The Dutch Ministry of Finance is about to oblige companies to export personal data on a large scale. The measure is hidden in a subordinate clause of a letter from the Minister of Finance, although it has major consequences. The measure obliges companies that trade in 'virtual assets' (such as bitcoins, real estate, but also purchases in computer games) to include personal data of customers in the transaction records and messages. The information from all parties involved needs to remain visible and available to everyone in the value chain. Consumers, companies and citizens cannot object to this mandatory addition of their personal data. The topic is not receiving the proper amount of political attention because it is presented as a…
New European PSD2 legislation in force At the start of 2019, the Payment Service Directive 2 will enter into force in the Netherlands. Under this new European banking law, consumers can share their banking details with parties other than their own bank. This first requires their explicit consent, upon which banks must share all transactional data[1] of the consumer (account holder) with an external party (financial service provider) for a period of 90 days, after which the consumer can renew his consent. The consumer can also withdraw his consent at all times. PSD2 is a great concern to Privacy First Privacy First is very worried about PSD2. The law focuses too much on improving competition and innovation while the privacy…
Partly on the initiative of Privacy First, a special Committee of the United Nations will this week in Geneva look into the imminent adoption of Taser weapons among the entire Dutch police force. This adoption possibly contravenes the UN Convention against Torture. Right to physical integrity For Privacy First, the right to privacy has always been a broad human rights concept. This includes the right to physical integrity. In recent years, this right has come under increasing pressure, think of preventive frisking on the streets, body scans at airports, DNA databases, the new Organ Donation Act in the Netherlands, discussions about compulsory vaccinations, etc. The right to physical integrity is laid down not only in the European Convention on Human…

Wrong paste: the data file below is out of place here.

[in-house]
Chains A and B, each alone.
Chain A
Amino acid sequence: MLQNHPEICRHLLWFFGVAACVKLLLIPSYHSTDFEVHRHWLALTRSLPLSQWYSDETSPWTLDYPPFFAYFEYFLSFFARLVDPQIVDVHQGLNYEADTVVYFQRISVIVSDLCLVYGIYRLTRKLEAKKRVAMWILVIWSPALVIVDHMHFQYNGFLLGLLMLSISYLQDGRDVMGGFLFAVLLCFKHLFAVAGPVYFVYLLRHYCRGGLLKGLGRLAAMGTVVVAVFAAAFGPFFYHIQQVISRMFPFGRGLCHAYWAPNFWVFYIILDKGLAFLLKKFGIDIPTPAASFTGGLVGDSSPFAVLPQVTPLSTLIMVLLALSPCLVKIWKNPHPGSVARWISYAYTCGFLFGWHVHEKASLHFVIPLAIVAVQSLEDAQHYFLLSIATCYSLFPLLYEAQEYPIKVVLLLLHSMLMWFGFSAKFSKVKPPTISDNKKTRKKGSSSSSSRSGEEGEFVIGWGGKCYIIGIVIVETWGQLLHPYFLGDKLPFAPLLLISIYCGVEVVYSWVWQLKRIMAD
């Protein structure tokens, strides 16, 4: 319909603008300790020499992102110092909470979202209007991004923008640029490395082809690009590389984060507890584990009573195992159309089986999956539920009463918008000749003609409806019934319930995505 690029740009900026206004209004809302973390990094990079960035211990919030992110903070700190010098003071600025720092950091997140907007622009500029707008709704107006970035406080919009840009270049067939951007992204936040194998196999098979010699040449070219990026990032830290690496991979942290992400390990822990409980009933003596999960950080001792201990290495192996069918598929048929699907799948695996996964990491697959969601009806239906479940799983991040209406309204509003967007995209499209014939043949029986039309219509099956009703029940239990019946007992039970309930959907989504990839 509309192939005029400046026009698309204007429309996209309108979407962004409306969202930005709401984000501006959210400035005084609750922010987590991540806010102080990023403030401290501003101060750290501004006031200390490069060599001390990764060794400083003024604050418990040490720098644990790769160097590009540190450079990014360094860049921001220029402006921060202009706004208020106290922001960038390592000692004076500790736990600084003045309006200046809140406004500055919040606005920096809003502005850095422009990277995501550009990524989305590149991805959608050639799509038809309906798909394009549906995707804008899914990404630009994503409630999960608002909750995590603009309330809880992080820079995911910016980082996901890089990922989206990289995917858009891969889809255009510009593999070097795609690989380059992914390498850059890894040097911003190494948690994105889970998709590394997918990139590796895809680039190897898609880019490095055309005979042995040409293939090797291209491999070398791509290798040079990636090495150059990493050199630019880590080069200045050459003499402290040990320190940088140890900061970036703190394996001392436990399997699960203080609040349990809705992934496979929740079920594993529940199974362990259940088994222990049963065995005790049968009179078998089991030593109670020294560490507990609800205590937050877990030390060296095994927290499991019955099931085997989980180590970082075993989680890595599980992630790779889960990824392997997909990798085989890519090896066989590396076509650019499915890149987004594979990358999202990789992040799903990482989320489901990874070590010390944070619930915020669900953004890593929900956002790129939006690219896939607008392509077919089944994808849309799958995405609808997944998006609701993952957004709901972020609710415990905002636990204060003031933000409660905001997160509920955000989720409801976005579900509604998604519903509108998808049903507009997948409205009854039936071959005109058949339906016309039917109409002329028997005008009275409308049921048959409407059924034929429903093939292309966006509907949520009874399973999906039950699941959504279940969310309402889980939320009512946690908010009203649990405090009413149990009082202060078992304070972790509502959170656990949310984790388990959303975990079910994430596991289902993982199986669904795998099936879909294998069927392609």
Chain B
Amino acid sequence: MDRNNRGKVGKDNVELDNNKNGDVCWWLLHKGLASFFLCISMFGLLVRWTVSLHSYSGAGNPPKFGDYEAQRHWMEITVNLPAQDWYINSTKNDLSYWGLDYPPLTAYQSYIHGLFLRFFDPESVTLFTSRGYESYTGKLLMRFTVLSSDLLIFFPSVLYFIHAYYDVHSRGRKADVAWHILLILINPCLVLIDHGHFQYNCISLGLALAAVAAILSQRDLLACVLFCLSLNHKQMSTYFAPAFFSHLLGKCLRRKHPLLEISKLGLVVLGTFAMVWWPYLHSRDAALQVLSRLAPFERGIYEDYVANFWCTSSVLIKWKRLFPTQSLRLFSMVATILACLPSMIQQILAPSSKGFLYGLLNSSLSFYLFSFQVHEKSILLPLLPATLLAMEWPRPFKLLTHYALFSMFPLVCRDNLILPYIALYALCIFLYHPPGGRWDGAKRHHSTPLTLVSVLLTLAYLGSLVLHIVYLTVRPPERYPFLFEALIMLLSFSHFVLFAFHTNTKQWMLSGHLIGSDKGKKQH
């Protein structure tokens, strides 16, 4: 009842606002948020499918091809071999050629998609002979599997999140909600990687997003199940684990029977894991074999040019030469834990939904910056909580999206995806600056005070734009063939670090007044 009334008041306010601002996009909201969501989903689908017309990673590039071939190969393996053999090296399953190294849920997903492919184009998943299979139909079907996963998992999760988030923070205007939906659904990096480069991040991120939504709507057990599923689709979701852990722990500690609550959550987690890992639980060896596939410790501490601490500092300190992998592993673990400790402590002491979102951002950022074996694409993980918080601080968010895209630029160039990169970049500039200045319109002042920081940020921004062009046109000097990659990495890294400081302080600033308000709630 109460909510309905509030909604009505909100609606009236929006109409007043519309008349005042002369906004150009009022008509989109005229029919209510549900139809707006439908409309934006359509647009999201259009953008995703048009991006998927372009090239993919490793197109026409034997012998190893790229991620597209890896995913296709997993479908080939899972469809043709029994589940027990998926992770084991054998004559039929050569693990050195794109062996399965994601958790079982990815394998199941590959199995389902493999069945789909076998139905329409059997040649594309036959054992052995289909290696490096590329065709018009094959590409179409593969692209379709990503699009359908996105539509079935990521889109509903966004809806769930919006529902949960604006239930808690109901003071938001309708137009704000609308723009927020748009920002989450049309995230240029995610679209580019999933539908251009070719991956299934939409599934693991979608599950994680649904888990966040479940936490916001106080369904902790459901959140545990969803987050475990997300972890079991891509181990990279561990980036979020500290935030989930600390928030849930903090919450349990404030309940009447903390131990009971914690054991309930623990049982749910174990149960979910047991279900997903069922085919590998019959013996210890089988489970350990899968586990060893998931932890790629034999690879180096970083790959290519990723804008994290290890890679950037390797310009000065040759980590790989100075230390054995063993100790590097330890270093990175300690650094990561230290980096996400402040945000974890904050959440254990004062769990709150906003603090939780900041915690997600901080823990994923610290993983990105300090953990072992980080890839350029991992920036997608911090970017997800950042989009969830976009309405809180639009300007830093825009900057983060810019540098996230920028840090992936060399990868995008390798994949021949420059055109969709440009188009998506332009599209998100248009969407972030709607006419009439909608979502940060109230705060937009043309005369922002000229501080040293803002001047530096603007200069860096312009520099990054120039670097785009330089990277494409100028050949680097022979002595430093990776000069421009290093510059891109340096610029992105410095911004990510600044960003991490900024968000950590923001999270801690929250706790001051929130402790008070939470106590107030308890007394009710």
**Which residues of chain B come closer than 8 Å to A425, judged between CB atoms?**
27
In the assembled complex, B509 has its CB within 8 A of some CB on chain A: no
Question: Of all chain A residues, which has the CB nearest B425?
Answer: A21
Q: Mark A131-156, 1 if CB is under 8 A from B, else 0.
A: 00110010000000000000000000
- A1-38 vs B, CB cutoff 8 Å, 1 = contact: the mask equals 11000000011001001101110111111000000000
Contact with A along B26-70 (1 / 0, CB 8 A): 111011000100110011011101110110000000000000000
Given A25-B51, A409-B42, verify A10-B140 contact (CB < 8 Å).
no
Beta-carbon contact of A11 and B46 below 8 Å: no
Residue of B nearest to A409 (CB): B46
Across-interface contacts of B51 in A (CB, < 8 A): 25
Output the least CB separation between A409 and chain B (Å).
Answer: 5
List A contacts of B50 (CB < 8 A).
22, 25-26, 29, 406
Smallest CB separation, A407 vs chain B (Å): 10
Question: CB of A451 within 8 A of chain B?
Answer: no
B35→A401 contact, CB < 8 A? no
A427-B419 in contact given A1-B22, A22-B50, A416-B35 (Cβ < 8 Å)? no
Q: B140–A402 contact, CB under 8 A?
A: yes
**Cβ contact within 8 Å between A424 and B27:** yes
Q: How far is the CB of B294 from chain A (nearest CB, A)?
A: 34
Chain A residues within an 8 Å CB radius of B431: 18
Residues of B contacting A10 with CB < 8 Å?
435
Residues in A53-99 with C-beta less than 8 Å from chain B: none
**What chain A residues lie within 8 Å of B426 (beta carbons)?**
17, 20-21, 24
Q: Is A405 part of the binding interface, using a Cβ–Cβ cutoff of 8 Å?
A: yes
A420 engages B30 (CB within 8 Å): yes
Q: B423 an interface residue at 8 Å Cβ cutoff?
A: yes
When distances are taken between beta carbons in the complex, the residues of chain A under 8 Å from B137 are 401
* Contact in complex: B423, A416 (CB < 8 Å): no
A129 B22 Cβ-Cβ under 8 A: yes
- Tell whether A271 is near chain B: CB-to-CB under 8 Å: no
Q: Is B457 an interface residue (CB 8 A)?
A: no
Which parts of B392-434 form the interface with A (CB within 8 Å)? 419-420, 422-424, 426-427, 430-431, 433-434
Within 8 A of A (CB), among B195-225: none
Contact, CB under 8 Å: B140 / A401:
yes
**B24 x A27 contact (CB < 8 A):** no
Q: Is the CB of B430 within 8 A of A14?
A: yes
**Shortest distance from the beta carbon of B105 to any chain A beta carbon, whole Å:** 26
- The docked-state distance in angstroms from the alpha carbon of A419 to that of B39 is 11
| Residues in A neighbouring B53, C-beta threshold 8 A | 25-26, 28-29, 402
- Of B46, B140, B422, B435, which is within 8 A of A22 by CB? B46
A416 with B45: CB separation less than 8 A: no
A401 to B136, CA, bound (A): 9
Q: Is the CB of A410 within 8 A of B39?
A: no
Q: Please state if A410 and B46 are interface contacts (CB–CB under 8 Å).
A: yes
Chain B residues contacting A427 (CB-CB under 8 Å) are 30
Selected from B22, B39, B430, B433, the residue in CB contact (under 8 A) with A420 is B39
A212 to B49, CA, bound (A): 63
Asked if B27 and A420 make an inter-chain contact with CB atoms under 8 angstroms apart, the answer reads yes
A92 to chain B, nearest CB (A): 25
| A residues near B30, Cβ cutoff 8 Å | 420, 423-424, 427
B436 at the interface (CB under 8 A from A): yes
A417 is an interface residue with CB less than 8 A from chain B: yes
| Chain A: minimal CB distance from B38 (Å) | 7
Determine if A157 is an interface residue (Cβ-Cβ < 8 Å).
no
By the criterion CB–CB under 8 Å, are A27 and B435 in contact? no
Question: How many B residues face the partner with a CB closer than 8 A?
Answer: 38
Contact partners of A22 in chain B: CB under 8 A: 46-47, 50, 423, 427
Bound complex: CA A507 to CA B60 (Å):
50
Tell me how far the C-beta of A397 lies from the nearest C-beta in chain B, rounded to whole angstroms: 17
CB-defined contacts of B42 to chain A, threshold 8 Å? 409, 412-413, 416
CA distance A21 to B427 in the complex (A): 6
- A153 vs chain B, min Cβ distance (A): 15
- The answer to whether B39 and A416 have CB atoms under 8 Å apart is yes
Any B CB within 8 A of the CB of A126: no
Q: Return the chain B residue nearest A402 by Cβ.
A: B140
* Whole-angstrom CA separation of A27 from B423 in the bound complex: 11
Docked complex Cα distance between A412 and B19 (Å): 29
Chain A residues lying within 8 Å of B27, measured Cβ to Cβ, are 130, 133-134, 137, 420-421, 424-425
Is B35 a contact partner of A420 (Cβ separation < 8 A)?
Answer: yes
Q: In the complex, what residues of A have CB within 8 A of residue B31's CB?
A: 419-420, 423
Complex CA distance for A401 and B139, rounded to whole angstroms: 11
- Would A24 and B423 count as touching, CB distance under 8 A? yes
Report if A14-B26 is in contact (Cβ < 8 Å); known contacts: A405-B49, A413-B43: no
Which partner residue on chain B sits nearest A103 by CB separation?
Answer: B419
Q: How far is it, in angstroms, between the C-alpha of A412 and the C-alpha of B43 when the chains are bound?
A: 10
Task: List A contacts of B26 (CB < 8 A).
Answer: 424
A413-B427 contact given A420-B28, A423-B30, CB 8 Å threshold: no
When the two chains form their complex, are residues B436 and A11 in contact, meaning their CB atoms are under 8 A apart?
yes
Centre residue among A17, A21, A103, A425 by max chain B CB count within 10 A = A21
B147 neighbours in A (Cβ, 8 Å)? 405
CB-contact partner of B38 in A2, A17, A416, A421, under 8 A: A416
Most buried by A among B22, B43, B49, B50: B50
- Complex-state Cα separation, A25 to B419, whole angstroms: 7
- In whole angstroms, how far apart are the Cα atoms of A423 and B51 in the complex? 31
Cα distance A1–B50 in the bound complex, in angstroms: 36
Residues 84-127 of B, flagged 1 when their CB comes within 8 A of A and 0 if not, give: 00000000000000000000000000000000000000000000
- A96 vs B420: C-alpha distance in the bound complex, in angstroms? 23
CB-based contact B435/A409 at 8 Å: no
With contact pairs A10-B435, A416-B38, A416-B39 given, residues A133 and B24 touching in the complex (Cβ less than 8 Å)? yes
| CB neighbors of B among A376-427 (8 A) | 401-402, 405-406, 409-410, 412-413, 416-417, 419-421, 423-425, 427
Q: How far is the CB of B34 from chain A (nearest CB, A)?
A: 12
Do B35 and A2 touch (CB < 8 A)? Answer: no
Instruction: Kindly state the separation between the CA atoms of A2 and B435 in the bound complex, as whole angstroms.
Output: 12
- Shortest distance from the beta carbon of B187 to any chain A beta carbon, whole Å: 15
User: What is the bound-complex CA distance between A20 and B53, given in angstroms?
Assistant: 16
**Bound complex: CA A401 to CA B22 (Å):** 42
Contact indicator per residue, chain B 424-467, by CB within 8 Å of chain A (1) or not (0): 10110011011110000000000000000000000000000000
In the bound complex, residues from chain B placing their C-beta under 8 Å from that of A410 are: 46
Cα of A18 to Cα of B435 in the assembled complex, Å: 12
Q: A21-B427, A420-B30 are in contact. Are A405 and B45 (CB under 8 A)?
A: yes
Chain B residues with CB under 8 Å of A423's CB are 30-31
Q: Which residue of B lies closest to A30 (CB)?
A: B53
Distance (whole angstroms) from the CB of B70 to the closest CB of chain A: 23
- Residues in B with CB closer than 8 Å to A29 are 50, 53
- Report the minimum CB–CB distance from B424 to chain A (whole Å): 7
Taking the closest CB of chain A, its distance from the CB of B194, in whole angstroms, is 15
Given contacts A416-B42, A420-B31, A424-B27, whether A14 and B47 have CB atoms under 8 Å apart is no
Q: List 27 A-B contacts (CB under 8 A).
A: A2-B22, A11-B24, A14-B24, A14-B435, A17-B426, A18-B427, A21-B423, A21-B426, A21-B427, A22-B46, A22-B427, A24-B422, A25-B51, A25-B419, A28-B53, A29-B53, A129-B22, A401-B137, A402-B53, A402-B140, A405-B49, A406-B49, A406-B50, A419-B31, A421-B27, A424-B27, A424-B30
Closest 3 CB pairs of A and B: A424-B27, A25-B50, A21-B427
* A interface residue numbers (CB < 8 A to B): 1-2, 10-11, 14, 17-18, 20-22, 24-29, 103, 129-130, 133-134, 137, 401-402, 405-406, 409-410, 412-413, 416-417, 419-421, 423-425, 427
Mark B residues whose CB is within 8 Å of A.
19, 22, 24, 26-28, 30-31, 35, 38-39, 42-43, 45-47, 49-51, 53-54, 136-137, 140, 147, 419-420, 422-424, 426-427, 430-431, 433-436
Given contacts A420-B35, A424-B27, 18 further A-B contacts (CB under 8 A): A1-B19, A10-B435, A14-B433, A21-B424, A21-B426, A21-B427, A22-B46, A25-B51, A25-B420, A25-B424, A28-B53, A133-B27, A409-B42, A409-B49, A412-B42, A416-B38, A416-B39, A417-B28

The Dutch government and Parliament aim to quickly introduce the privacy-violating Tapping law. A coalition of privacy advocates will start interim injunction proceedings to prevent this from happening. Implementation of unaltered Tapping law imminent In recent months, there has been a thorough public debate in the Netherlands about the new Dutch Intelligence and Security Services Act, the so-called ‘Tapping law’. In a referendum that was held on 21 March 2018, a majority of the Dutch citizenry voted AGAINST this act. In response to this, the Dutch government has promised only a few minor, superficial policy changes as well as a few non-fundamental legislative amendments. Both the Dutch government and the House of Representatives have with full intent pushed for a…
The Dutch citizenry has rejected the new Dutch Intelligence and Security Services Act. This act will now have the be amended. If not, legal action will be pursued. Historic red line Wednesday 21 March 2018 is a historic day: for the first time ever, the populace of a nation has spoken out against a law on intelligence services in a referendum. In this referendum, the Dutch had the chance to cast their ballots on the new Dutch Intelligence and Security Services Act, better known as the ‘Tapping law’. By now, it is known that a clear majority is AGAINST the law. Privacy First considers this as a historic victory and hopes that, as a result, similar developments will unfold in…